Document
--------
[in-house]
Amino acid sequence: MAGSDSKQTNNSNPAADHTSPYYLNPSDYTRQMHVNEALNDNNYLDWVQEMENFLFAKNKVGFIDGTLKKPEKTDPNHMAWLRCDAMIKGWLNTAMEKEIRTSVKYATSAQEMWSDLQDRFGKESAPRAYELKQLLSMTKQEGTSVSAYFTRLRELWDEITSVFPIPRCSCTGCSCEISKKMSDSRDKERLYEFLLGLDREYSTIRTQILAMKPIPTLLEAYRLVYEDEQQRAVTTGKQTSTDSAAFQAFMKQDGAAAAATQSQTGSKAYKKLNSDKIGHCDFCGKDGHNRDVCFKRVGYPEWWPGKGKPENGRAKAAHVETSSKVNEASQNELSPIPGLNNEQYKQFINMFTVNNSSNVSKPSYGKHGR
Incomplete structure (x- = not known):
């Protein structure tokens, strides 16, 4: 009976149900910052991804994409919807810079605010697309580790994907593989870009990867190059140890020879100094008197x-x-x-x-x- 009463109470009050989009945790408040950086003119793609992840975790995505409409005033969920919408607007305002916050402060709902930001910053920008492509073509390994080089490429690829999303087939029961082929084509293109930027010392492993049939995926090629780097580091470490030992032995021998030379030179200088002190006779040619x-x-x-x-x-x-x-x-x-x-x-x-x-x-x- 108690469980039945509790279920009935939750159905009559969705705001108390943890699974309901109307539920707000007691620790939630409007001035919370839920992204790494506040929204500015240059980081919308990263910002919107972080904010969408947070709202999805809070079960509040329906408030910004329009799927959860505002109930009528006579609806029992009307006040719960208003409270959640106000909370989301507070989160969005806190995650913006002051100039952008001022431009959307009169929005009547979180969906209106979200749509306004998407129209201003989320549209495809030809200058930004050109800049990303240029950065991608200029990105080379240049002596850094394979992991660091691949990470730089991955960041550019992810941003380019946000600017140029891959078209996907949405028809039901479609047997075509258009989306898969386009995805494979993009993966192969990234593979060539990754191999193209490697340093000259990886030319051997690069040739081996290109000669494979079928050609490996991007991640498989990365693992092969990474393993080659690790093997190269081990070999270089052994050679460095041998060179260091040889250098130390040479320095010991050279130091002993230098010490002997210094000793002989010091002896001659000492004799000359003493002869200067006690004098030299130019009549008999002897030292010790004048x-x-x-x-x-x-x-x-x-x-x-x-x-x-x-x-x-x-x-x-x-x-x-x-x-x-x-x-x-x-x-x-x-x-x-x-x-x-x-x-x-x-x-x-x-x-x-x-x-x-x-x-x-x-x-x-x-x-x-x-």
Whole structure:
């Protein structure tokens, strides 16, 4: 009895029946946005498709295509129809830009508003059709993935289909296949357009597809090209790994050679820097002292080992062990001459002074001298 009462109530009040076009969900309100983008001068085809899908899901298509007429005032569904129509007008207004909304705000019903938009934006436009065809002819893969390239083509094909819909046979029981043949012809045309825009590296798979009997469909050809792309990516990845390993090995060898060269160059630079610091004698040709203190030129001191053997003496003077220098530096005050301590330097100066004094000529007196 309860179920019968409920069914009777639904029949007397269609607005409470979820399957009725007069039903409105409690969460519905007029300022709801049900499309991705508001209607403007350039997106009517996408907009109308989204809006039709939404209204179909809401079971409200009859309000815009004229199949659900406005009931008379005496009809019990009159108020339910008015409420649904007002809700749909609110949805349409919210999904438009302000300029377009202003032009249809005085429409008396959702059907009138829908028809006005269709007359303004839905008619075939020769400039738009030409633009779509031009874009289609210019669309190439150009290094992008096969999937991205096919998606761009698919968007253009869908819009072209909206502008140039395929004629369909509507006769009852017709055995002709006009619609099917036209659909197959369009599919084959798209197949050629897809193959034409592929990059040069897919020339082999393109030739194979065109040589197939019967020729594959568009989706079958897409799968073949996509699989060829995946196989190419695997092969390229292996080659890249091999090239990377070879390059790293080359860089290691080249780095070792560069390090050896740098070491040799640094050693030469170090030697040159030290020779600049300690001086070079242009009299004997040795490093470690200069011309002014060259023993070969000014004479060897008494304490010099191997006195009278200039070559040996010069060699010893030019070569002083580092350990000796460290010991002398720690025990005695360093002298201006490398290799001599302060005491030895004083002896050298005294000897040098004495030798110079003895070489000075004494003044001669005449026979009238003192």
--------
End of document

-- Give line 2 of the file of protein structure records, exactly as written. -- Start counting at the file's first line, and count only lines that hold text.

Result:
Amino acid sequence: MAGSDSKQTNNSNPAADHTSPYYLNPSDYTRQMHVNEALNDNNYLDWVQEMENFLFAKNKVGFIDGTLKKPEKTDPNHMAWLRCDAMIKGWLNTAMEKEIRTSVKYATSAQEMWSDLQDRFGKESAPRAYELKQLLSMTKQEGTSVSAYFTRLRELWDEITSVFPIPRCSCTGCSCEISKKMSDSRDKERLYEFLLGLDREYSTIRTQILAMKPIPTLLEAYRLVYEDEQQRAVTTGKQTSTDSAAFQAFMKQDGAAAAATQSQTGSKAYKKLNSDKIGHCDFCGKDGHNRDVCFKRVGYPEWWPGKGKPENGRAKAAHVETSSKVNEASQNELSPIPGLNNEQYKQFINMFTVNNSSNVSKPSYGKHGR